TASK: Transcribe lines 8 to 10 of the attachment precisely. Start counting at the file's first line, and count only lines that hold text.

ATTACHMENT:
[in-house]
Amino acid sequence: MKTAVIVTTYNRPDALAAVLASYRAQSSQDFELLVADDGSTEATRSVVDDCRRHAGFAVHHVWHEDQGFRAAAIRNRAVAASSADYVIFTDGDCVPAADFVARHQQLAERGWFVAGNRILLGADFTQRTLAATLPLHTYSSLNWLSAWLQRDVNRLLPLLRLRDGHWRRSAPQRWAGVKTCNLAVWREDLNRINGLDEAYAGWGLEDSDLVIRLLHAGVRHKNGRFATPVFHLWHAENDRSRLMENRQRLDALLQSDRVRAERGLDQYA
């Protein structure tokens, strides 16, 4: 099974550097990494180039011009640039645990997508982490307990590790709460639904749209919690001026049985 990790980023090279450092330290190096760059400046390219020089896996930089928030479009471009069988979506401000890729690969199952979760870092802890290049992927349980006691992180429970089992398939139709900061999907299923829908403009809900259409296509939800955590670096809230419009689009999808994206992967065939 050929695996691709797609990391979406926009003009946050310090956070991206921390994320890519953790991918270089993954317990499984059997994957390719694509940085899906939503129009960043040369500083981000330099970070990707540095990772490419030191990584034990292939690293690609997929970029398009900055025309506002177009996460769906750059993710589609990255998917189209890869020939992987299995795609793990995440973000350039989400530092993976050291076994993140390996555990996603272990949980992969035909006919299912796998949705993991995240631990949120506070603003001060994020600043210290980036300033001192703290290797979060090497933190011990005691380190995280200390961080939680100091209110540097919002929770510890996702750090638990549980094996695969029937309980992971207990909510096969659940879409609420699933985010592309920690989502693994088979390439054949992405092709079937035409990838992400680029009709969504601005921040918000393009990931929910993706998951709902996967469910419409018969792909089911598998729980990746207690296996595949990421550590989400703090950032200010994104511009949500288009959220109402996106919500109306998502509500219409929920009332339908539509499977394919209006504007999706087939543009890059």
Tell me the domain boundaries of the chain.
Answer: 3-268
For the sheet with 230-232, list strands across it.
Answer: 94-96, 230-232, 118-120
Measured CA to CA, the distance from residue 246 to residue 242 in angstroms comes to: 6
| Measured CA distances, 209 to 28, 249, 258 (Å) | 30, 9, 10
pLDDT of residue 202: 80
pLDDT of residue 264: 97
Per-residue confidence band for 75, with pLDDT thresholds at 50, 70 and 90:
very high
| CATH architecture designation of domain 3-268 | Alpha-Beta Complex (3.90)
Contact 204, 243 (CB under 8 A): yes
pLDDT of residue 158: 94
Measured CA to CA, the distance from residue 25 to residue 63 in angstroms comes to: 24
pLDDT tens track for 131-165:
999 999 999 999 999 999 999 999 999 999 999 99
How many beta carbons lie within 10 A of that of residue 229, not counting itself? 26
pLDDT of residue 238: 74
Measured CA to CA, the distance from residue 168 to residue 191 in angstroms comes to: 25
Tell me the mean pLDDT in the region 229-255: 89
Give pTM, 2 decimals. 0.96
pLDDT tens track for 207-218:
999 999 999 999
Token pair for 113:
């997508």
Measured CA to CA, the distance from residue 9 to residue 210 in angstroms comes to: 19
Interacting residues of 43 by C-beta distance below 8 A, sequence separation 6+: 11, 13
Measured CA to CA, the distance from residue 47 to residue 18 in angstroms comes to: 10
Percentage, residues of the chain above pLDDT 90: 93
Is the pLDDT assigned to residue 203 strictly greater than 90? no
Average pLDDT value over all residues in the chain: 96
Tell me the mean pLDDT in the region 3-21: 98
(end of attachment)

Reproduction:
Measured CA to CA, the distance from residue 246 to residue 242 in angstroms comes to: 6
| Measured CA distances, 209 to 28, 249, 258 (Å) | 30, 9, 10
pLDDT of residue 202: 80